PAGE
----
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selves into the water the moment they perceive the approach of their arch enemy.

“While encamped in their rookeries three or four sentinels are always Sentinels posted by posted to keep a lookout while the others sleep; and seals for self protec. the moment a boat makes its appearance, though it be

a mile from the shore, these faithful watchmen promptly give the alarm, when in an instant the whole rookery is in motion, Every one makes for the surf with all possible expedition, so that by the time the boat reaches the shore they will nearly all be in the water, with the exception of a few females that have pups or young ones to take care of. These will remain to defend and protect their charge until the last moment, when, if hard pushed, they will seize their pups by the back of the neck with their teeth and dive into the surf, where they are obliged to hold the heads of the pups above water to prevent their suffocation.

The males, many of them, will also stand their ground and fight very hard for the young seals; often they will perish in the noble cause. “When excited their motions are very quick, like the flash of a gun on

touching the match; hence the name of clapmatch, which Quick motions.

sailors apply to the female. In pursuit, their speed (on land) is nearly equal to that of a man, and much swifter on the rocks than could be anticipated from their appearance. “ About the latter end of February the dog-seals go on shore. These

are the young male seals of the two preceding years; Dog Seals.

but, owing to their youth and inexperience, are not yet al. lowed to attend the pregnant females or "clapmatches." The purposes for which they now seek dry land are to shed their coats, and give the new-starting crop of fine hair a chance to grow. By the 1st of May these objects are effected, when they again take to the ocean, and are seldom seen near the shores again until the 1st of July, when they appear and disappear alternately, without order or any ostensible purpose, for the period of a month; after which they are seen no more until the 1st of September following. During this month a herd of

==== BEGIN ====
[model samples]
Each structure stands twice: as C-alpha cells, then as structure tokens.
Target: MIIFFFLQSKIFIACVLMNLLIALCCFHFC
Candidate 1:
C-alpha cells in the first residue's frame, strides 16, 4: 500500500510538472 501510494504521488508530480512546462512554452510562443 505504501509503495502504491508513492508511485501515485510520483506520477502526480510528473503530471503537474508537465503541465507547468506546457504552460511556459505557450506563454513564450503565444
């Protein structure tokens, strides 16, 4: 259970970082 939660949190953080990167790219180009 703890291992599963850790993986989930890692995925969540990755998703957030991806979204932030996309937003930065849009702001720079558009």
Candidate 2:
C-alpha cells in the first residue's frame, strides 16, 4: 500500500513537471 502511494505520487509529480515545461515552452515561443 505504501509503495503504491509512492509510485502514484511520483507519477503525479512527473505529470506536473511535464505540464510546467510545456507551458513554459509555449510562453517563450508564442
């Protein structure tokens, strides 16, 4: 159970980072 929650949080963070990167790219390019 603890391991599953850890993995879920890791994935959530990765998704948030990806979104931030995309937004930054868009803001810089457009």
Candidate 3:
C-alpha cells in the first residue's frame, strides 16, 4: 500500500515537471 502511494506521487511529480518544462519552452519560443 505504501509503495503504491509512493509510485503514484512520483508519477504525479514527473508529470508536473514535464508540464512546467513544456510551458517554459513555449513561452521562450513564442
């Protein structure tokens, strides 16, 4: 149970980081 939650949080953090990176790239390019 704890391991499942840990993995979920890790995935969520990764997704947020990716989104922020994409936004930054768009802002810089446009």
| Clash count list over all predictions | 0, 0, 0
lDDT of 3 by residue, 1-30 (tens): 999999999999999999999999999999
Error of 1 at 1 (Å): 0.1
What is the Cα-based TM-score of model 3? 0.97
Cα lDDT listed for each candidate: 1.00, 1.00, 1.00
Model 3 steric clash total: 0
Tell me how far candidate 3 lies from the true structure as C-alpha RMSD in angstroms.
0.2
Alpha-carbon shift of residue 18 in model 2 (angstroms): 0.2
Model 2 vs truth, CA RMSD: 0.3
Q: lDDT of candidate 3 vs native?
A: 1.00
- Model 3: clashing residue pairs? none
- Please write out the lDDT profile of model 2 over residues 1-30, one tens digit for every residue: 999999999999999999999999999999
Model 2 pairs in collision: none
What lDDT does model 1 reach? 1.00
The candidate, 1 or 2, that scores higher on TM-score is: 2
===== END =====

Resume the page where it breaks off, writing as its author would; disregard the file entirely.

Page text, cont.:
young seals, male and female, resort to the shore; and Arrival of mature when they retire again to their favorite element, the

wigs, or large male seals, make their appearance on the land, for the purpose of selecting a suitable spot for their rookeries, where they are to receive the clapmatches, or females of age. This completes the annual round of visits made to the land by fur-seals of all classes." (Morrell Voyages and Discoveries, pp. 74-76.)

Captain Weddell, writing of the tur-seals of the South Shetland Islands, says: "Nothing in this class of animals, and more particularly

in the fur-seal of Shetland, is more astonishing than Relative size of males and females.

the disproportion in the size of the male and female.

A large grown male, from the tip of the nose to the extremity of the tail, is 6 feet 9 inches, whilst the female is not more than 34 feet. This class of males is not, however, the most numerous, but being physically the most powerful they keep in their possession all the females, to the exclusion of the younger branches; hence, at the time of parturition the males attending the females may be computed as one to twenty, which shows this to be, perhaps, the most polygamous of large animals. They are in their nature completely gregarious, but they flock together and assemble on the coast at different periods,